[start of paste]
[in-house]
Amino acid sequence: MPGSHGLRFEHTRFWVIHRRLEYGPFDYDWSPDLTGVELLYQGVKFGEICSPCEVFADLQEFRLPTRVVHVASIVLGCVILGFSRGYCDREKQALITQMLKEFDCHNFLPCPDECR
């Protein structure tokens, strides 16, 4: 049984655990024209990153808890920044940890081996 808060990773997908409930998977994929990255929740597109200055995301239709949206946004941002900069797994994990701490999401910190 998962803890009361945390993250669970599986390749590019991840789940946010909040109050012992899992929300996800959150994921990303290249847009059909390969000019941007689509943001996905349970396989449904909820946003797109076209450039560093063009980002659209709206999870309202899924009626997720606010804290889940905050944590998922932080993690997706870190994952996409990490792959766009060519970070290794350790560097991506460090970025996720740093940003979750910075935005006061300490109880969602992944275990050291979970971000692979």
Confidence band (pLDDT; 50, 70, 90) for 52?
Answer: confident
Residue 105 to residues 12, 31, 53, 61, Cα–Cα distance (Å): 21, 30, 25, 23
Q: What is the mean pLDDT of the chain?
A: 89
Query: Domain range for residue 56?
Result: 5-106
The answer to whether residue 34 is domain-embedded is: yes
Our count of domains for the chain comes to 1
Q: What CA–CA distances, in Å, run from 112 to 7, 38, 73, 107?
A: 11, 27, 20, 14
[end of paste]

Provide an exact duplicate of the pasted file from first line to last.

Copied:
[in-house]
Amino acid sequence: MPGSHGLRFEHTRFWVIHRRLEYGPFDYDWSPDLTGVELLYQGVKFGEICSPCEVFADLQEFRLPTRVVHVASIVLGCVILGFSRGYCDREKQALITQMLKEFDCHNFLPCPDECR
């Protein structure tokens, strides 16, 4: 049984655990024209990153808890920044940890081996 808060990773997908409930998977994929990255929740597109200055995301239709949206946004941002900069797994994990701490999401910190 998962803890009361945390993250669970599986390749590019991840789940946010909040109050012992899992929300996800959150994921990303290249847009059909390969000019941007689509943001996905349970396989449904909820946003797109076209450039560093063009980002659209709206999870309202899924009626997720606010804290889940905050944590998922932080993690997706870190994952996409990490792959766009060519970070290794350790560097991506460090970025996720740093940003979750910075935005006061300490109880969602992944275990050291979970971000692979």
Confidence band (pLDDT; 50, 70, 90) for 52?
Answer: confident
Residue 105 to residues 12, 31, 53, 61, Cα–Cα distance (Å): 21, 30, 25, 23
Q: What is the mean pLDDT of the chain?
A: 89
Query: Domain range for residue 56?
Result: 5-106
The answer to whether residue 34 is domain-embedded is: yes
Our count of domains for the chain comes to 1
Q: What CA–CA distances, in Å, run from 112 to 7, 38, 73, 107?
A: 11, 27, 20, 14